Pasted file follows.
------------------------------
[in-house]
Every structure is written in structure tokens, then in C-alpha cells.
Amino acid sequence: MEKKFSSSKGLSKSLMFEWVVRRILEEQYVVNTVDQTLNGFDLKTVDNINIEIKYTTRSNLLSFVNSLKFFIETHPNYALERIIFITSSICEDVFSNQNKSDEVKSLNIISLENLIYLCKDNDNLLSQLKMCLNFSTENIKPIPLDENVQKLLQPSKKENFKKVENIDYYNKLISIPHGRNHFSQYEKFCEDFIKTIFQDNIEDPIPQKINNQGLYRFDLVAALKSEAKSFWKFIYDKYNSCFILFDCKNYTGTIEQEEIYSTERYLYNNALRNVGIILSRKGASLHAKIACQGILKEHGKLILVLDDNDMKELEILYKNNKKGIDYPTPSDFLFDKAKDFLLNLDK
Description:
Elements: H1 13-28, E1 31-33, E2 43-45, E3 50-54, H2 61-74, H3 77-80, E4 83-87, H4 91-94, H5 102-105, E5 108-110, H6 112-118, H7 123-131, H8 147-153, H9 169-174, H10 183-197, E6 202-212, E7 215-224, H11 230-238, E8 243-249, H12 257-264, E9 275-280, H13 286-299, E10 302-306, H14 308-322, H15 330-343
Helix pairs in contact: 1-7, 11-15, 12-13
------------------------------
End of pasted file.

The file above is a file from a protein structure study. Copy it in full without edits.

[in-house]
Every structure is written in structure tokens, then in C-alpha cells.
Amino acid sequence: MEKKFSSSKGLSKSLMFEWVVRRILEEQYVVNTVDQTLNGFDLKTVDNINIEIKYTTRSNLLSFVNSLKFFIETHPNYALERIIFITSSICEDVFSNQNKSDEVKSLNIISLENLIYLCKDNDNLLSQLKMCLNFSTENIKPIPLDENVQKLLQPSKKENFKKVENIDYYNKLISIPHGRNHFSQYEKFCEDFIKTIFQDNIEDPIPQKINNQGLYRFDLVAALKSEAKSFWKFIYDKYNSCFILFDCKNYTGTIEQEEIYSTERYLYNNALRNVGIILSRKGASLHAKIACQGILKEHGKLILVLDDNDMKELEILYKNNKKGIDYPTPSDFLFDKAKDFLLNLDK
Description:
Elements: H1 13-28, E1 31-33, E2 43-45, E3 50-54, H2 61-74, H3 77-80, E4 83-87, H4 91-94, H5 102-105, E5 108-110, H6 112-118, H7 123-131, H8 147-153, H9 169-174, H10 183-197, E6 202-212, E7 215-224, H11 230-238, E8 243-249, H12 257-264, E9 275-280, H13 286-299, E10 302-306, H14 308-322, H15 330-343
Helix pairs in contact: 1-7, 11-15, 12-13